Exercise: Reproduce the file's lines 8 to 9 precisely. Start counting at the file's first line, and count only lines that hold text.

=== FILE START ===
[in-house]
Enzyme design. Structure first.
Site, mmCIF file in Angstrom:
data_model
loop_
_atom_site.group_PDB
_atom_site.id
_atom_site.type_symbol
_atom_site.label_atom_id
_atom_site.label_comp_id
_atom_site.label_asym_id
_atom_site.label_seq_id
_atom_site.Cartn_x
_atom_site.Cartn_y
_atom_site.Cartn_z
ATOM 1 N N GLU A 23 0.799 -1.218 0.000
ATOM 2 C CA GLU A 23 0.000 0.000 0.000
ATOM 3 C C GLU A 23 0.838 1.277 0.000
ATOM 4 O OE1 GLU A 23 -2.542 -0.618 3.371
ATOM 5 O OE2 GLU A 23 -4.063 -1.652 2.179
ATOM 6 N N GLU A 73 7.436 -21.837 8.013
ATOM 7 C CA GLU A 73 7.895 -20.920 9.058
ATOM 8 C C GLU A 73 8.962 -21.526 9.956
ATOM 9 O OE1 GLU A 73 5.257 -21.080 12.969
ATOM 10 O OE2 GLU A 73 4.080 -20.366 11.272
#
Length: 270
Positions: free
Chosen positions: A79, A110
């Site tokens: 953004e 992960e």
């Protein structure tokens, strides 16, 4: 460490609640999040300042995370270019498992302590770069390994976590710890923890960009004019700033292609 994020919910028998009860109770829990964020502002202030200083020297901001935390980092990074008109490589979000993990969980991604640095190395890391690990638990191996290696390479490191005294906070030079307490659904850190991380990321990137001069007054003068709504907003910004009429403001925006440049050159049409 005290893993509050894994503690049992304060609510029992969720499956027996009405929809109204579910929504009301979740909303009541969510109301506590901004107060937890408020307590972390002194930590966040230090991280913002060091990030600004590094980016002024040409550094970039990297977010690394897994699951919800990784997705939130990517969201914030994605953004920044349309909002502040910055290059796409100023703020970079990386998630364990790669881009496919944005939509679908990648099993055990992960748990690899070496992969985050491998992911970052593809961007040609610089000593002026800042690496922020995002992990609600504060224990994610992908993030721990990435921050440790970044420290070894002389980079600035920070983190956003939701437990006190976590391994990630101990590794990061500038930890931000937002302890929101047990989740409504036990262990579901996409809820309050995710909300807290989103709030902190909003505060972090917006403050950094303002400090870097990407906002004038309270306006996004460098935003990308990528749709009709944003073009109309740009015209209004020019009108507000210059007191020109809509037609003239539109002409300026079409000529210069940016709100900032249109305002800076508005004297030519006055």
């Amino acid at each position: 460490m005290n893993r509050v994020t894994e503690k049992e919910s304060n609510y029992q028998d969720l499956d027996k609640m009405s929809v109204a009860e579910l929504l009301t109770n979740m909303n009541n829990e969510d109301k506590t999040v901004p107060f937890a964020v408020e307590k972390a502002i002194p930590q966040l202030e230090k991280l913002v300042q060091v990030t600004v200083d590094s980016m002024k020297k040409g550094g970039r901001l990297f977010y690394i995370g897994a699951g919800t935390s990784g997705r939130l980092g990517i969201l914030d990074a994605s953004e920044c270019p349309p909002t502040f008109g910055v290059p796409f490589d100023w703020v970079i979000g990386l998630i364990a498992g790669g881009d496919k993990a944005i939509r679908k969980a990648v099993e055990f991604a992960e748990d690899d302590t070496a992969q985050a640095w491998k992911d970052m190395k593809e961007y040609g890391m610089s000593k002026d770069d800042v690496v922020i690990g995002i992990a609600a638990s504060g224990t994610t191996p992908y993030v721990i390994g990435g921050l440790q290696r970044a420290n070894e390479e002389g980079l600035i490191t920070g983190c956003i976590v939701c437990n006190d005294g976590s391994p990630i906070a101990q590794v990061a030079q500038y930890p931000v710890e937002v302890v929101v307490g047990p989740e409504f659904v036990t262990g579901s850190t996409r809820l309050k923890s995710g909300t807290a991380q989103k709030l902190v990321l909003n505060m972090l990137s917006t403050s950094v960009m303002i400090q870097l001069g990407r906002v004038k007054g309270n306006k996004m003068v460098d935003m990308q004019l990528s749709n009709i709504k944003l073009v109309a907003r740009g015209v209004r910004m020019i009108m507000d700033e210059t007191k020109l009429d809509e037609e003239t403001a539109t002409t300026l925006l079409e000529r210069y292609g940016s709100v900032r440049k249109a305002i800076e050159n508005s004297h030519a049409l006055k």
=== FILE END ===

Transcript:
_atom_site.type_symbol
_atom_site.label_atom_id